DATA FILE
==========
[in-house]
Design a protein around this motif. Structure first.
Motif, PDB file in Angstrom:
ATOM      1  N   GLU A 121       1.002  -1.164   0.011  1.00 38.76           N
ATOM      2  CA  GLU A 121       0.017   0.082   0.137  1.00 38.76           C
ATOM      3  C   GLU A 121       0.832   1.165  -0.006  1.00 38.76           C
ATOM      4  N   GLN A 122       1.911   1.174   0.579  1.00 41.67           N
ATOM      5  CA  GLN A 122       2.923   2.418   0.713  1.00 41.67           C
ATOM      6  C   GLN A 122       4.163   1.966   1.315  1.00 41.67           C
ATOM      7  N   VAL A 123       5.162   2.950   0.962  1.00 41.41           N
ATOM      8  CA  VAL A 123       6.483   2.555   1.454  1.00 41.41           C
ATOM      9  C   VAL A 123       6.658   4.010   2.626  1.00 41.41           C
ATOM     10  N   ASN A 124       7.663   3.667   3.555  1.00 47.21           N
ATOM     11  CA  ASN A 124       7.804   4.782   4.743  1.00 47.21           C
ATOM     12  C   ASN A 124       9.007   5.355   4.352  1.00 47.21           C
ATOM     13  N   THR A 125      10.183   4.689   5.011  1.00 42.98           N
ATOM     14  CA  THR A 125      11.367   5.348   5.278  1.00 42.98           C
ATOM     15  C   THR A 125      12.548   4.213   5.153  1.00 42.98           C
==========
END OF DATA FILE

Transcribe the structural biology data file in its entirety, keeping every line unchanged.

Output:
[in-house]
Design a protein around this motif. Structure first.
Motif, PDB file in Angstrom:
ATOM      1  N   GLU A 121       1.002  -1.164   0.011  1.00 38.76           N
ATOM      2  CA  GLU A 121       0.017   0.082   0.137  1.00 38.76           C
ATOM      3  C   GLU A 121       0.832   1.165  -0.006  1.00 38.76           C
ATOM      4  N   GLN A 122       1.911   1.174   0.579  1.00 41.67           N
ATOM      5  CA  GLN A 122       2.923   2.418   0.713  1.00 41.67           C
ATOM      6  C   GLN A 122       4.163   1.966   1.315  1.00 41.67           C
ATOM      7  N   VAL A 123       5.162   2.950   0.962  1.00 41.41           N
ATOM      8  CA  VAL A 123       6.483   2.555   1.454  1.00 41.41           C
ATOM      9  C   VAL A 123       6.658   4.010   2.626  1.00 41.41           C
ATOM     10  N   ASN A 124       7.663   3.667   3.555  1.00 47.21           N
ATOM     11  CA  ASN A 124       7.804   4.782   4.743  1.00 47.21           C
ATOM     12  C   ASN A 124       9.007   5.355   4.352  1.00 47.21           C
ATOM     13  N   THR A 125      10.183   4.689   5.011  1.00 42.98           N
ATOM     14  CA  THR A 125      11.367   5.348   5.278  1.00 42.98           C
ATOM     15  C   THR A 125      12.548   4.213   5.153  1.00 42.98           C